Advertising spending in measured media in the U.K. is expected to show a 6.3% increase this year, the fastest growth of any major, mature consumer economy, and well ahead of the 4%
global ad investment growth expected for 2014, according to a new forecast by WPP’s GroupM.
The firm said that ad spending in the U.K. is expected to reach a total of $23.3 billion in 2014, up from $21.9 billion in 2013. The forecast, prepared by futures director Adam Smith, also predicts that U.K. ad spending in 2015 will increase 5.7% $24.5 billion.
Similar reports will be issued by Publicis Groupe’s ZenithOptimedia and Interpublic’s
Magna Global. Forecasters from the three firms are scheduled to discuss the ad expenditure outlook next Monday at the UBS media conference in New York.
“Advertising and the wider U.K. economy are growing well, but are vulnerable to private debt and public austerity at home, and external problems of weak demand, especially in the Eurozone,” Smith said. “Low U.K. wage growth remains a constraint, ameliorated for now by cheaper oil and price competition,” stated Smith.
According to the report, digital spending will reach $11.2 billion in 2014 and is expected to grow 13% to $12.6 billion in 2015. “The familiar drivers are video, social and mobile, but the underlying reason is more practical and attractive formats for brands — richer, more trackable, more targeted and more clickable,” said Smith.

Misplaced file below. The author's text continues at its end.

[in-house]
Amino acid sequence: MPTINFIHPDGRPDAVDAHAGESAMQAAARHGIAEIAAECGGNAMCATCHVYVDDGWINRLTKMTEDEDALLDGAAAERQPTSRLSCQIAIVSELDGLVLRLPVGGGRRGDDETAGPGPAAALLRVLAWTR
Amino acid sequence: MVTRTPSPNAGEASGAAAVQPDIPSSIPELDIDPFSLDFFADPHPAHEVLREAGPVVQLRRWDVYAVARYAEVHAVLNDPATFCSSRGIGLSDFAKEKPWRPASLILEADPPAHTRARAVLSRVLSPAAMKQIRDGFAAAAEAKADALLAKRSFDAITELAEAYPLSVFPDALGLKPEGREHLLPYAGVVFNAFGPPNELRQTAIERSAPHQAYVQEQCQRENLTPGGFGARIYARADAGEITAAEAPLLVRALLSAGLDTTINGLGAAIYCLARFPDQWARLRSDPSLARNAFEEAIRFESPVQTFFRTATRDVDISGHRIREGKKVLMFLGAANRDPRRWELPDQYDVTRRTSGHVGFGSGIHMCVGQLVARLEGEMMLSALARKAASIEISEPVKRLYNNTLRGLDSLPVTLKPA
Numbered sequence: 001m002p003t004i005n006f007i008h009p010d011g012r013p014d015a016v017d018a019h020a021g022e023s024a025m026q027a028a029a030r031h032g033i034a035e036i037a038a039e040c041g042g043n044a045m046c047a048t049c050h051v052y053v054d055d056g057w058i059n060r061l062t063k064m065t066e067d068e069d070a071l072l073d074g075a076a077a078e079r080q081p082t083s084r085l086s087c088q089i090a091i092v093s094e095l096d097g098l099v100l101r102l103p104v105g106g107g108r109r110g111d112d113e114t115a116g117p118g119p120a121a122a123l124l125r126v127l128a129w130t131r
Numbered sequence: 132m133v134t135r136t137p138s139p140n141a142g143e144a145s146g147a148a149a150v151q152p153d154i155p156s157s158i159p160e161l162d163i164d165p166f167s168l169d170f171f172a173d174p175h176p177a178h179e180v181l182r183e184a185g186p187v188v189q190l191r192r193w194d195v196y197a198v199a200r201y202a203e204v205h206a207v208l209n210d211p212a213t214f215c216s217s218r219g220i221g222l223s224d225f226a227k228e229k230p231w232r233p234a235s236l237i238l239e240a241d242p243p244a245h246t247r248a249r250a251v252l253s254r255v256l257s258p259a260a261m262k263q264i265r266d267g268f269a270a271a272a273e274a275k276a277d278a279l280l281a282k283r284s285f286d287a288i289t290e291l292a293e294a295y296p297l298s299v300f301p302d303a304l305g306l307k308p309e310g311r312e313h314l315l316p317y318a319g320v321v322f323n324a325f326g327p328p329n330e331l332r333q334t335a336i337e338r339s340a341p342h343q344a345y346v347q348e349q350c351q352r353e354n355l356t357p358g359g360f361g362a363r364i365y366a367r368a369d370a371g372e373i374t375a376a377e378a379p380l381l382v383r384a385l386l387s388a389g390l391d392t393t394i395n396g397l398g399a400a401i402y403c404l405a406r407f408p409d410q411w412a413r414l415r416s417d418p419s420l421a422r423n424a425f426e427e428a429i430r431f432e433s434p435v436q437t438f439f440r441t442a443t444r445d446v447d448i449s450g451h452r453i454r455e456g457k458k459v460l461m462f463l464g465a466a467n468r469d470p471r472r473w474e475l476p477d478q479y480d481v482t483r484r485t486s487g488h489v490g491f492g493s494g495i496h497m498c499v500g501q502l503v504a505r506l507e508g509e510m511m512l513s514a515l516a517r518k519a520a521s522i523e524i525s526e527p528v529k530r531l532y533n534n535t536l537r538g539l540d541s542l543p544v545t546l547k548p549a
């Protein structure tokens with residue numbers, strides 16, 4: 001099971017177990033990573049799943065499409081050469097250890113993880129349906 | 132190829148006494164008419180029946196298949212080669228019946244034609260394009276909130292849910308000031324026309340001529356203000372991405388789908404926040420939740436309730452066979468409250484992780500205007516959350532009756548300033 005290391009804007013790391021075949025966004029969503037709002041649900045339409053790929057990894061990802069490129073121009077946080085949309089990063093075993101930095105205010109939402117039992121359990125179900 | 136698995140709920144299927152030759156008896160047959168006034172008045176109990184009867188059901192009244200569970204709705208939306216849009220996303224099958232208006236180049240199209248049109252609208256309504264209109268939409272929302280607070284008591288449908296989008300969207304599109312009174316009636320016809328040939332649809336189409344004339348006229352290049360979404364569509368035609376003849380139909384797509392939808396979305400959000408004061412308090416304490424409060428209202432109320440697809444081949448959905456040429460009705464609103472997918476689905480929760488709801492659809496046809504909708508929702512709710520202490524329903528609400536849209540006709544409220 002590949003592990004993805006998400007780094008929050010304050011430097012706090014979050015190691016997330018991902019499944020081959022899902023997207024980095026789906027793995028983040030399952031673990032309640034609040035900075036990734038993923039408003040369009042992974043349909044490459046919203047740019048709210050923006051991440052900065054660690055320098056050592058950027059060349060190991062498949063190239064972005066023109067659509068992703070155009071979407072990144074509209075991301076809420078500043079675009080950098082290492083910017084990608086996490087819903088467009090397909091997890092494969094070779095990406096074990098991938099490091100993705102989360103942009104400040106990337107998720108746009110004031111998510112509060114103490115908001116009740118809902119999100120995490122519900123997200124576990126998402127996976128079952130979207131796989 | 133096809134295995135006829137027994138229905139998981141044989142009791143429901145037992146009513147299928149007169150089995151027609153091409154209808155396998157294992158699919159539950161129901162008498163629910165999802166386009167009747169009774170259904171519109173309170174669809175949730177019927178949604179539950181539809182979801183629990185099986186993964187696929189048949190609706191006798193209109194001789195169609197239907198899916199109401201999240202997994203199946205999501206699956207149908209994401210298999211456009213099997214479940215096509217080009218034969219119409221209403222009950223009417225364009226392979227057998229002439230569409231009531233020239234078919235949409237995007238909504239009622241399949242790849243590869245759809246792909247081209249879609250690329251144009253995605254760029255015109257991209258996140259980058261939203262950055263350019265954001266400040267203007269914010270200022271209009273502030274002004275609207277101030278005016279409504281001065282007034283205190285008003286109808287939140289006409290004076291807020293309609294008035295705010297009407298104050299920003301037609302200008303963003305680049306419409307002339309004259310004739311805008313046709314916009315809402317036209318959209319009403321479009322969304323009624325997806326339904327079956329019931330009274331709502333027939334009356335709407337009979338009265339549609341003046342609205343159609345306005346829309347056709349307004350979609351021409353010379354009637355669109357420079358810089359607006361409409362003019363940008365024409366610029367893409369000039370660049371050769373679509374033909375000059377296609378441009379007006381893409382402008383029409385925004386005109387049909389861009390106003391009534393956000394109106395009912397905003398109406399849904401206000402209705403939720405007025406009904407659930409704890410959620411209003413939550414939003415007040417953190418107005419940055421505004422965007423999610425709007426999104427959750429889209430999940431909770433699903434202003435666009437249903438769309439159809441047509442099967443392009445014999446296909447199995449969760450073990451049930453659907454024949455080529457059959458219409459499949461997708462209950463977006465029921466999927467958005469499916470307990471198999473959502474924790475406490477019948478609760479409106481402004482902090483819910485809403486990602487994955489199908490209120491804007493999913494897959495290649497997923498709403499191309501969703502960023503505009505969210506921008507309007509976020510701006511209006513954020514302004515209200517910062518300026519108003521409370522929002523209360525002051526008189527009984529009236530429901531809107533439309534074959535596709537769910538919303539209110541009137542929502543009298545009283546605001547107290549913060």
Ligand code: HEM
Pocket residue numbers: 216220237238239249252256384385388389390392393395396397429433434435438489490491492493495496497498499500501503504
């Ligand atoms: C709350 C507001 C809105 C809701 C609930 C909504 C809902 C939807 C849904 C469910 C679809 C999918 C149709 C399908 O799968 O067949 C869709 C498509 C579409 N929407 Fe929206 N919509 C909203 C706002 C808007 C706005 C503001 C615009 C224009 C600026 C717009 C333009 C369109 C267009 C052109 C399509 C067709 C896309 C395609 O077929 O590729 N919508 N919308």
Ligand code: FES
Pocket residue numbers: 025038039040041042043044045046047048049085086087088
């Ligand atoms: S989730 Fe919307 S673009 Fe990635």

Traditional TV's share of ad budgets is holding steady at 26%, and TV audience prices have risen in 2014. 'This happens when firm advertiser demand meets fixed or falling audience supply. The longer- term question is whether online will wrest investment from TV with the ease it did from press media. This is a fairer fight, which will unleash creativity and force scrutiny of simple broadcast versus ‘addressability at scale.’ ”
Print media remain under the most pressure, with 2014 advertising in physical newspapers and magazines expected to drop below $3.9 billion—a decline of 9% from 2013. GroupM forecasts a further 9% fall in 2015 to $3.5 billion. However, Smith adds, “Demand for digital news-brand inventory is rising at least, as well as for digital media generally. Reputable brands value reputable digital environments.”